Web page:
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Selfishness and Poetry -- How Poetry Can Impact Further

Updated: Feb 22

A young lady in a lonely place withe her face tired up.

(For more on the subject please read this)



How to Find Value in Content Beyond Self-Expression


Imagine an art gallery filled not with masterpieces that provoke thought and inspire wonder, but with selfies hanged across every wall. It may seem narcissistic, doesn't it? In the ever-expanding realm of content creation, this egocentricity often goes unnoticed, and sometimes even celebrated. However, this obsession with self-expression risks overshadowing the other purpose of art: to connect, to challenge, and to contribute something greater than ourselves.


This isn't a personal grudge againt poets (AKA, those who write poetry, not necessarily live from it). But when personal narratives become the sole focus, devoid of any attempt to bridge the gap between author and audience, their content becomes little more than digital diary entries, lost in the endless scroll countless internet feeds.


Genuine emotion shouldn't be sacrificed. The heart, with its raw intensity, fuels powerful expression. But the heart, untethered by reason, can also be lack foresight. A truly significant impact, lies in harnessing that emotional fire and directing it outwards, illuminating something beyond the author's own reflection in front of a lake.


Take philosophy, for example. Stripped of its elitist aura, it's simply the pursuit of understanding, the relentless questioning of "why?". Anyone with the capacity for thought can be a philosopher, just as anyone with a pulse can write poetry.


But the mark of a truly impactful thinker is not their fluency in jargon, but their ability to translate their internal exploration into insights that resonate with others, offering alternative perspectives, challenging assumptions, and ultimately enriching the collective pool of understanding.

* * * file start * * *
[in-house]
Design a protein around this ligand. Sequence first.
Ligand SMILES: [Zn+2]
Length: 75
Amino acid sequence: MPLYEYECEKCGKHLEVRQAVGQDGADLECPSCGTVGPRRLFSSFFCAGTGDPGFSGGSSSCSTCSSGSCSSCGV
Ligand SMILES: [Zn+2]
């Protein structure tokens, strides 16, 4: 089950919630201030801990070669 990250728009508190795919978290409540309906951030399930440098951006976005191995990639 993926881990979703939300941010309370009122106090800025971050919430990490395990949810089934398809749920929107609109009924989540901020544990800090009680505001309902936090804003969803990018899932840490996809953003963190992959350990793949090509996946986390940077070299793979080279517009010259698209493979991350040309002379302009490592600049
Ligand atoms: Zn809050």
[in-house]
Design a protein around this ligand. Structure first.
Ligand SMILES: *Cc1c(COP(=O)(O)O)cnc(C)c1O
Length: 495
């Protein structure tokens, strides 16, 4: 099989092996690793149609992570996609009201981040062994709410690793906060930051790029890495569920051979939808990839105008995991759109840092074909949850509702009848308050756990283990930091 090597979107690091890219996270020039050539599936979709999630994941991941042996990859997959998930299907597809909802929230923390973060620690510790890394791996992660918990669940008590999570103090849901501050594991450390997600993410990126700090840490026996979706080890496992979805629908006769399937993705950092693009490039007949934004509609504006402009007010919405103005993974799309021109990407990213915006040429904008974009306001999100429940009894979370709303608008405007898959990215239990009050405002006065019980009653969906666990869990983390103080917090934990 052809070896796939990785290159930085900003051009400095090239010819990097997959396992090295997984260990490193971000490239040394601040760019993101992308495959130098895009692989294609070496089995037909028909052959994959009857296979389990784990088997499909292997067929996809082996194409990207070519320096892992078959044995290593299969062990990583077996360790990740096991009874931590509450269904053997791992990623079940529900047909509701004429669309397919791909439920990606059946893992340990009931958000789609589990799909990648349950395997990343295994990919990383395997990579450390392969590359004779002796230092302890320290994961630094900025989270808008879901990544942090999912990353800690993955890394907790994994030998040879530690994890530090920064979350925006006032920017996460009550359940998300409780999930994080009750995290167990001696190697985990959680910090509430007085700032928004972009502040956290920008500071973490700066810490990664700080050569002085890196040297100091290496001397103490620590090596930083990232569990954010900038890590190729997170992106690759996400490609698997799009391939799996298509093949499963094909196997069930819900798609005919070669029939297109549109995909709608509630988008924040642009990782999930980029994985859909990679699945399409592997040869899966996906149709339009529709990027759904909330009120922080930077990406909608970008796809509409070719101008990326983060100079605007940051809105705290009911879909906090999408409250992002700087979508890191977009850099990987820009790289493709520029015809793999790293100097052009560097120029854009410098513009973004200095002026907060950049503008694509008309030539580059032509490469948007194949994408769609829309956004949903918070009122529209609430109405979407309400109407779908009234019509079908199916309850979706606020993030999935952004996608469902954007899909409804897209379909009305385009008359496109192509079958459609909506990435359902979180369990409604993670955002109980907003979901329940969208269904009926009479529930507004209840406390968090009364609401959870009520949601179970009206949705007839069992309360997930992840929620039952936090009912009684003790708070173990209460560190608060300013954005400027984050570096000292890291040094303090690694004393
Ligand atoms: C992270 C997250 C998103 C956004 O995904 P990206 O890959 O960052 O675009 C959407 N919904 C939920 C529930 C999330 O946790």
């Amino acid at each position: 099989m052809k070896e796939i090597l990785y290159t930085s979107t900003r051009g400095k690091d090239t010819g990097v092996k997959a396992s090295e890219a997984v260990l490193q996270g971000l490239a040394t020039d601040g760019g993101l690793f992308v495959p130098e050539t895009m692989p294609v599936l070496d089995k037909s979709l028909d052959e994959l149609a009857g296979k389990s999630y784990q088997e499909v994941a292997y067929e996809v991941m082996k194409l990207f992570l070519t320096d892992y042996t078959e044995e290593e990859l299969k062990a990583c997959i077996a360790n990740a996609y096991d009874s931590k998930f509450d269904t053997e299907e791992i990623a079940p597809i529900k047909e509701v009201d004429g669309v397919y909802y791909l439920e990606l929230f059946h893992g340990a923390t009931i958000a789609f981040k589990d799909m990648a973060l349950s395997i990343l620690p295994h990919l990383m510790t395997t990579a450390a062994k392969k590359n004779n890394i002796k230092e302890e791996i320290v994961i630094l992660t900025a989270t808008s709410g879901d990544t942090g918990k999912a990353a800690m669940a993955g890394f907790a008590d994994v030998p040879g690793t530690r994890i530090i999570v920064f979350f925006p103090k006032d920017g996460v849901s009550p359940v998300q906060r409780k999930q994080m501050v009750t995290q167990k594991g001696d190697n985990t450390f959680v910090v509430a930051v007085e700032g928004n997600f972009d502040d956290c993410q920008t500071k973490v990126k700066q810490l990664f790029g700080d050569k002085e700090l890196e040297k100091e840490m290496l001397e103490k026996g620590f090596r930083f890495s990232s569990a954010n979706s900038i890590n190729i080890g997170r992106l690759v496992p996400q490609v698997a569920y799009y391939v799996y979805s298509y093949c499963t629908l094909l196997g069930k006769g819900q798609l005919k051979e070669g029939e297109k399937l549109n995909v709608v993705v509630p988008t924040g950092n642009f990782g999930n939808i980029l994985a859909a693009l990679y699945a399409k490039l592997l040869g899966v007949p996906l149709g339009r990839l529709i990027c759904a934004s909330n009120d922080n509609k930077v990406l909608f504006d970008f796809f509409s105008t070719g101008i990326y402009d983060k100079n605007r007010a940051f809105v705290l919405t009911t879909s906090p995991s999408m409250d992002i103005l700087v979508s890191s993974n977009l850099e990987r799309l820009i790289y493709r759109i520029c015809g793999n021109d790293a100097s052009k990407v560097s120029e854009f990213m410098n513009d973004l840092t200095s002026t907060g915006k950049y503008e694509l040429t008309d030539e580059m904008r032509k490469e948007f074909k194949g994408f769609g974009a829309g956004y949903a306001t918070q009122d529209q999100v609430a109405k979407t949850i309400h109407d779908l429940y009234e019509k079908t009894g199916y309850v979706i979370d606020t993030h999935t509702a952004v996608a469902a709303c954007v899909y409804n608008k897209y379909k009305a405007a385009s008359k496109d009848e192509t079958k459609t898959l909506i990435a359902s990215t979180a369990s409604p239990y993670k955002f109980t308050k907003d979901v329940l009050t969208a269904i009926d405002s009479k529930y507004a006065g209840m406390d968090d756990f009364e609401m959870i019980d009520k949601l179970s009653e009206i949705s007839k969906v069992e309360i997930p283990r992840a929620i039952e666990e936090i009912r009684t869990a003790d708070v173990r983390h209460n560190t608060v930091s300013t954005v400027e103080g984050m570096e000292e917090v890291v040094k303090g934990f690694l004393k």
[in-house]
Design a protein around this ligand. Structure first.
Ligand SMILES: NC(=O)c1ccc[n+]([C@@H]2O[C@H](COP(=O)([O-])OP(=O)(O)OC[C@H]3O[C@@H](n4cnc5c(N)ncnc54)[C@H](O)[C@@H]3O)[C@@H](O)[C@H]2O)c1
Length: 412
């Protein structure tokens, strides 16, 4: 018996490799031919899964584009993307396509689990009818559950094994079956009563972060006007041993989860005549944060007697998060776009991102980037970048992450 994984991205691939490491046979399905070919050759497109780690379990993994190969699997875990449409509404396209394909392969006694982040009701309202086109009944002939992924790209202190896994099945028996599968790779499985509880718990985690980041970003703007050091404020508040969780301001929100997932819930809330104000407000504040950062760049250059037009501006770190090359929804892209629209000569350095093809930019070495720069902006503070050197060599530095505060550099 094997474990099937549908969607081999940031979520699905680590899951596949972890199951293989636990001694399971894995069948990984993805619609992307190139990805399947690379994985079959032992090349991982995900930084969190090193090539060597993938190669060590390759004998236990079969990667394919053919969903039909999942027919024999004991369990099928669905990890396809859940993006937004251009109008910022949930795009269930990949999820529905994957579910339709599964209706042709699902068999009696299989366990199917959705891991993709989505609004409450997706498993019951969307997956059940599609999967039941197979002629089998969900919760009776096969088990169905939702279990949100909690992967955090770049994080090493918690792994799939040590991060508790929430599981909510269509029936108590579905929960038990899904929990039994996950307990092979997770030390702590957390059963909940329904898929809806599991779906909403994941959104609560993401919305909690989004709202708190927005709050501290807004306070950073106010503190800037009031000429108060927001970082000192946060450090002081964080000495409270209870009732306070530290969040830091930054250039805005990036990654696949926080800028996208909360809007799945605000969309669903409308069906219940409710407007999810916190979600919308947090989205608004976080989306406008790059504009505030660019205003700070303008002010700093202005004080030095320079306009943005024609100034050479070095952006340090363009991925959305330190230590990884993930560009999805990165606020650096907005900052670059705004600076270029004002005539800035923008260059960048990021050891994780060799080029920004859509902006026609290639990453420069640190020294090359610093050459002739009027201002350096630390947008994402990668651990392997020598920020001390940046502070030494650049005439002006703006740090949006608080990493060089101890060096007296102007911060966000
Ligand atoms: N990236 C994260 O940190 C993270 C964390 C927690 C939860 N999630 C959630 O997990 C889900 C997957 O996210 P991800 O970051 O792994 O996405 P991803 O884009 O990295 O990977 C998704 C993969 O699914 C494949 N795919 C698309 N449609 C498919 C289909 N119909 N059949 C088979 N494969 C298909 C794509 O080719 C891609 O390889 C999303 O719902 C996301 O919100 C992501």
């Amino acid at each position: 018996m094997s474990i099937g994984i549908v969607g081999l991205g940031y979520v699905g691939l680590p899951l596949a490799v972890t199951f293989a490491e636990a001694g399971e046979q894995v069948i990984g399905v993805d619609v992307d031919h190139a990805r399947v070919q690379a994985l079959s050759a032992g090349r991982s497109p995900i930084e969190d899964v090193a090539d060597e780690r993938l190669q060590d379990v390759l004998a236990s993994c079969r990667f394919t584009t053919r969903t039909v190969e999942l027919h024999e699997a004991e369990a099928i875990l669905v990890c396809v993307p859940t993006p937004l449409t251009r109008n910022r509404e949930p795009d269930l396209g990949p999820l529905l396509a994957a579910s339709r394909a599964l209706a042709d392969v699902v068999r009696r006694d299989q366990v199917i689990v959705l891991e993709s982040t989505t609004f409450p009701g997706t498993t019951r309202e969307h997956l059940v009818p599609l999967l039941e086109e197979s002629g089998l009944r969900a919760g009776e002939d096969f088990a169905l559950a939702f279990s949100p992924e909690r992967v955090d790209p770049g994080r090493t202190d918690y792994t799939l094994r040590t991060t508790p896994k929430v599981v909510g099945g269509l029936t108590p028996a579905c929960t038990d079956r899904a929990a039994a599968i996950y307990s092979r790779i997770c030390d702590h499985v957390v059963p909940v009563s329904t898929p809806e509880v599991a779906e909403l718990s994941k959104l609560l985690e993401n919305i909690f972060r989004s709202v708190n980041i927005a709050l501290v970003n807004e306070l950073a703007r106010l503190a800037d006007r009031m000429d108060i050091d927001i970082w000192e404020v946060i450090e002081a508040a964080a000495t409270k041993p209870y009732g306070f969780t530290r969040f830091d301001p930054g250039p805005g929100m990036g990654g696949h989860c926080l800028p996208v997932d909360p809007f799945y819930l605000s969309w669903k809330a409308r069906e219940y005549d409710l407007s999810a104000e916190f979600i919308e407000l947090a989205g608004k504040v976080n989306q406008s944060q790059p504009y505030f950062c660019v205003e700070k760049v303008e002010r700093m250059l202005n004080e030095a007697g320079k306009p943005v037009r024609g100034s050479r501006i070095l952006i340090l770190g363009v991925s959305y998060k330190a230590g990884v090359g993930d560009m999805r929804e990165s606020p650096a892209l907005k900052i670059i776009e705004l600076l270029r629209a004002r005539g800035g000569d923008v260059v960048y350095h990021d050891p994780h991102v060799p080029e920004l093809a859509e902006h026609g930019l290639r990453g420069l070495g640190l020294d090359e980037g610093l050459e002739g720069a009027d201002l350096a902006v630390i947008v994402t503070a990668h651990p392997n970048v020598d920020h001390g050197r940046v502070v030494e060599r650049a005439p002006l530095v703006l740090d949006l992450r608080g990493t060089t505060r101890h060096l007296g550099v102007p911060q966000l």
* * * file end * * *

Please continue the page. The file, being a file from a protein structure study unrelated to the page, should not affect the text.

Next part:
In this age of information overload, standing out from the crowd requires more than just self-exposure. It demands value, something that extends beyond the author's ego and resonates with the diverse audience.


When I visit an art museum, I don't seek to simply recognize objects – that's a given. I would seek art that provokes introspection, that awakens things within me, that leaves me changed in some fundamental way. A certain game revealed to me an emotion that is combined with Japanese culture. That is, in a way, not only art for me, but also something that offers me additional value, thus increasing the overall value, of that something.


Similarly, when I encounter writing, be it poetry, philosophy, or even social media posts, I hope to find a spark... some connection that transcends the mere exchange of information. Otherwise, why would I care as much as I could?


The "sad reality" of content creation is this: in the battle for attention, navel-gazing selfies rarely click, unless you foster yourself a followership of simps. The creators who truly connect, who offer something genuinely valuable to their audience, rise above the digital noise. They carve a space in our minds not by shouting "Look at me!", but by whispering something that resonates within the quiet corners of our own hearts and minds.


Let us move beyond the tyranny of the self, or escape from it, more precisely. Let us use our experiences, our emotions, our unique perspectives not as shields of isolation, but as bridges to connect, to enlighten, to contribute something meaningful to the world around us. Only then, will our content transcend the fleeting click, leaving a lasting impression that echoes far beyond the confines of our own egos.


From Heartfelt to Helpful: A Way of Redefining the Role of the Poet


We've all heard the idolized, pretentious image of the poet (and poetry itself): a solitary person, pouring their heart, crafting verses that capture the essence of human experience. But in a world flooded with content, where every fleeting thought finds an echo on social media, is there still relevance for such self-expression? After all, just about anyone good enough with writing and emotional intelligence can do just that.